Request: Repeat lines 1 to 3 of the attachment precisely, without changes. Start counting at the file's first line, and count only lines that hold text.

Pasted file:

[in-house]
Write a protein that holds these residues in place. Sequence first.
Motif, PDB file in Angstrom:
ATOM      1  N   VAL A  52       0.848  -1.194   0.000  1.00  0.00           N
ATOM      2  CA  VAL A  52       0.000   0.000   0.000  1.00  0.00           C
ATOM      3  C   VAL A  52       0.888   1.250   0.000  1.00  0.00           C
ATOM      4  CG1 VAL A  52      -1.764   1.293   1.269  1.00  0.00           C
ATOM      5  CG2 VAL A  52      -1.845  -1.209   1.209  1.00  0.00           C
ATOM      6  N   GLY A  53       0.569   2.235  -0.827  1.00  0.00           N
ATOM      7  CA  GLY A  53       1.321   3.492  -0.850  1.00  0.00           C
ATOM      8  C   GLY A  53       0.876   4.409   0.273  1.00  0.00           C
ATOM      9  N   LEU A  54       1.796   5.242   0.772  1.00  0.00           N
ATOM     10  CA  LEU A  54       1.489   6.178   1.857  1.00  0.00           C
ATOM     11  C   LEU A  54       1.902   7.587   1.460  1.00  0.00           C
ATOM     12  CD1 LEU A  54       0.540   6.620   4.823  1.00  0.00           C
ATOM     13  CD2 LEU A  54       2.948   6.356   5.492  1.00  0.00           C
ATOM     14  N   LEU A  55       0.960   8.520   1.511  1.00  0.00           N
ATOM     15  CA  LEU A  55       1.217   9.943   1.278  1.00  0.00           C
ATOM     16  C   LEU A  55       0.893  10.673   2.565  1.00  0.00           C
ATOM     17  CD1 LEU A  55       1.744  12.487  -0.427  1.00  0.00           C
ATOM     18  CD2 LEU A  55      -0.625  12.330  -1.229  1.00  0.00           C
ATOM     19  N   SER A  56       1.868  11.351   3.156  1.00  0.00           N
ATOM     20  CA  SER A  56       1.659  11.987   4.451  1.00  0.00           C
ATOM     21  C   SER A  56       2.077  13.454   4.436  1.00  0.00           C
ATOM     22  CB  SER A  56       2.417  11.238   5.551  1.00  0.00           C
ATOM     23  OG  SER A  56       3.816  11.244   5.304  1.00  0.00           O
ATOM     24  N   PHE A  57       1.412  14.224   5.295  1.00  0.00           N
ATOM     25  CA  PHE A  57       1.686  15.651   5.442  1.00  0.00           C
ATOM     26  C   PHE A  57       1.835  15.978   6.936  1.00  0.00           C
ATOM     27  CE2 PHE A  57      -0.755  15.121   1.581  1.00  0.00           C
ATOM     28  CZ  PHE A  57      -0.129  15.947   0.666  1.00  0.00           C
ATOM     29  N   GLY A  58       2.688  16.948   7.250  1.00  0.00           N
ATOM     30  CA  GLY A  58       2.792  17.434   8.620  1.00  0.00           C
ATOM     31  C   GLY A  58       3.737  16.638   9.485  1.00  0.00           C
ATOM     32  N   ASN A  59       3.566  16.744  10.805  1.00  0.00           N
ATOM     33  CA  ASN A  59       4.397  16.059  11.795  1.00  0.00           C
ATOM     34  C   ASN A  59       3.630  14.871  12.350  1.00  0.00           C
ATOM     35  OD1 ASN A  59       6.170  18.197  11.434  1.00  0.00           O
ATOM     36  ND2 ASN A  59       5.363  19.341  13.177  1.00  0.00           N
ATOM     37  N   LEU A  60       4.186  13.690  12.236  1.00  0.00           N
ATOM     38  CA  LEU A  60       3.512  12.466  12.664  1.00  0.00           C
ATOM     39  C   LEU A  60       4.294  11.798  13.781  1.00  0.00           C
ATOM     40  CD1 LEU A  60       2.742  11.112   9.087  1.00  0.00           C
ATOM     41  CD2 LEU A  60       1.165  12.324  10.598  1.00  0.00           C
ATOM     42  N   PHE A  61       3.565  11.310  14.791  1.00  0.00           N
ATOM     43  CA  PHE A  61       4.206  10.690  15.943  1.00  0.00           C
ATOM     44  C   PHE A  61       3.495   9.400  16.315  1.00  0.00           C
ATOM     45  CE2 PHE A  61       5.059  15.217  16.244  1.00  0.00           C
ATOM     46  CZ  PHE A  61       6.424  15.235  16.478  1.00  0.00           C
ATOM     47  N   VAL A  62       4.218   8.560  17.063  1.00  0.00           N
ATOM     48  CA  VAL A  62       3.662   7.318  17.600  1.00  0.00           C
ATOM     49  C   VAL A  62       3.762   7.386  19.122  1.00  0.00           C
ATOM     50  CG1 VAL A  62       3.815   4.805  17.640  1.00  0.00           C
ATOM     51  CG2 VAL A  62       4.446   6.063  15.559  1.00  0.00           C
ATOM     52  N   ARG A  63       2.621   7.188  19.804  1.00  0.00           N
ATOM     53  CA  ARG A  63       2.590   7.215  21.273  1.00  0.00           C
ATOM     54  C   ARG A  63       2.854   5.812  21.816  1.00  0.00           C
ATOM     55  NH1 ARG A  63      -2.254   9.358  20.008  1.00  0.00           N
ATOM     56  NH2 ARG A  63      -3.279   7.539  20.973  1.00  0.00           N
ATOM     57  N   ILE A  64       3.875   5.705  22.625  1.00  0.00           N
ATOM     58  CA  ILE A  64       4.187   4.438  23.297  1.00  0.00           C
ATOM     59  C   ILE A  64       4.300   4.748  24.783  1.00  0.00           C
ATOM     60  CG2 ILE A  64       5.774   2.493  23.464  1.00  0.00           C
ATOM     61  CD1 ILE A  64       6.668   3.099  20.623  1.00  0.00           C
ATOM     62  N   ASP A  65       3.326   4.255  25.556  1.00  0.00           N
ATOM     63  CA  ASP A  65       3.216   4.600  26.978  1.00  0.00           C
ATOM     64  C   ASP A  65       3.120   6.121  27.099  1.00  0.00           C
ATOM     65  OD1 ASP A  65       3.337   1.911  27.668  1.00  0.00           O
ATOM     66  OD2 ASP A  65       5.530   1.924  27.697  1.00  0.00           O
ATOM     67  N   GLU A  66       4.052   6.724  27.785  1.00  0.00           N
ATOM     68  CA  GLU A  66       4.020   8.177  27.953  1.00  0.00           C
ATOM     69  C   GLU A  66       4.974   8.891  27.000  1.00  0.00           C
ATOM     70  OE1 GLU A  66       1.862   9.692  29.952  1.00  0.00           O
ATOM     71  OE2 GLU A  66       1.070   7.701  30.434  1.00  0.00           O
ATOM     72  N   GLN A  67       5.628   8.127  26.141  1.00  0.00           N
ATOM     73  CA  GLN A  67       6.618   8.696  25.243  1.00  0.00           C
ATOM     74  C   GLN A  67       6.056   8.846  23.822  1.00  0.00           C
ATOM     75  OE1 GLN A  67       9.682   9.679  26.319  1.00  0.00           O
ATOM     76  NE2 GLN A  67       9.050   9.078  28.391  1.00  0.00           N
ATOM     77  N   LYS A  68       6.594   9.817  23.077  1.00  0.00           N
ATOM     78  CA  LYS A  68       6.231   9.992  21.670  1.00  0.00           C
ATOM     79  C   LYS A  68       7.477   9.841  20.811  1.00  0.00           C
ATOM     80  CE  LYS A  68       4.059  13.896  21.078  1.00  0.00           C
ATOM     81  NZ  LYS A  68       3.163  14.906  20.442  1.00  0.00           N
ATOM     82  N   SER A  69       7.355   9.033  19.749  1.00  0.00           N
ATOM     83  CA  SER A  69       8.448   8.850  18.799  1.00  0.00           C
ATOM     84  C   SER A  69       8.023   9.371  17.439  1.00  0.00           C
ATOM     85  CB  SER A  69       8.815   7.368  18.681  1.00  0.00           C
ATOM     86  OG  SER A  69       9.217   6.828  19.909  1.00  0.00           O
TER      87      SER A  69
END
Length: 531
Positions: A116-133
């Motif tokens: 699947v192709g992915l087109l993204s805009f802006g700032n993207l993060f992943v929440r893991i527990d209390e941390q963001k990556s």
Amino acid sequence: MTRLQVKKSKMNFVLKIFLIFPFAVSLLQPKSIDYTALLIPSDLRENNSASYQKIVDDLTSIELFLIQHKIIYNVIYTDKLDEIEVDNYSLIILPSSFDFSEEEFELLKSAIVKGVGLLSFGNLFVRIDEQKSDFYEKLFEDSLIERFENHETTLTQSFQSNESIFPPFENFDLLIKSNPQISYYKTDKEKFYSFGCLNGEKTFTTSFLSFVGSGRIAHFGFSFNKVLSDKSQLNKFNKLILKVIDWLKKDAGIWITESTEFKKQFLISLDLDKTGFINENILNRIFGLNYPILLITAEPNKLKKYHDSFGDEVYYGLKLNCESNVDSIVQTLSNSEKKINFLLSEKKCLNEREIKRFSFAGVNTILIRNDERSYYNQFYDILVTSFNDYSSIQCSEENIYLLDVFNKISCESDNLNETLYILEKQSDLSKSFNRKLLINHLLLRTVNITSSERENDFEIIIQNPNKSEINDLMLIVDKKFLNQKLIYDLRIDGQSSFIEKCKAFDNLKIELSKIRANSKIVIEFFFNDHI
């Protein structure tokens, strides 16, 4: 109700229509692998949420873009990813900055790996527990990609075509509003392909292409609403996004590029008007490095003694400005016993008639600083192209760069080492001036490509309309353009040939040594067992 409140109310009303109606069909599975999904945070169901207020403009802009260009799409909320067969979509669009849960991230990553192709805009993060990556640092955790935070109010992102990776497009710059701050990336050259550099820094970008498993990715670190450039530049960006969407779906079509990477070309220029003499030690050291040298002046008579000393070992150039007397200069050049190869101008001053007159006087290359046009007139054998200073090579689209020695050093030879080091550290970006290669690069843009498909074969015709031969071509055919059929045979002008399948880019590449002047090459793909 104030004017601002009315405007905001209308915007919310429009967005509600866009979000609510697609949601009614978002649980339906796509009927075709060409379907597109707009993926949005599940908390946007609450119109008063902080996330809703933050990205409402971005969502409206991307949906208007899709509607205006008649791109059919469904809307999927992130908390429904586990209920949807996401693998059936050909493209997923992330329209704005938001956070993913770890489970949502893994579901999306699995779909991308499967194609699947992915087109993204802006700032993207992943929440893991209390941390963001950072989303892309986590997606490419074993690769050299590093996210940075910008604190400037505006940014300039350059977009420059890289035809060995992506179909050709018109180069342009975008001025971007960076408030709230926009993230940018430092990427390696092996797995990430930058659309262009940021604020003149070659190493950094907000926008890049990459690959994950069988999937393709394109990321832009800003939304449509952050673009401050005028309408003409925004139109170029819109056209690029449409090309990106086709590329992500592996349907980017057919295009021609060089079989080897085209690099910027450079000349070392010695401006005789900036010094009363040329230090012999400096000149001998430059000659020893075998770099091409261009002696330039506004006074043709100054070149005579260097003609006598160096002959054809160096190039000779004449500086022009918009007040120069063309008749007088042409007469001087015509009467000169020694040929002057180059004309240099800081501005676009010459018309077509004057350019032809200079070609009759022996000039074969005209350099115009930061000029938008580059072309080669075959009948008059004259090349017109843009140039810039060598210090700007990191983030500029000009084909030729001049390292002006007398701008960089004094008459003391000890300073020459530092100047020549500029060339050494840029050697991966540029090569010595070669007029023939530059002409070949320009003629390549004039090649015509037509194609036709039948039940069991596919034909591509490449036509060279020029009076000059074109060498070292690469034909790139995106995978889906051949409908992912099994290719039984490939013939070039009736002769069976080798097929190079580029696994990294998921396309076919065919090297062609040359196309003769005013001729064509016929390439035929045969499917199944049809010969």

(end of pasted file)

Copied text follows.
[in-house]
Write a protein that holds these residues in place. Sequence first.
Motif, PDB file in Angstrom: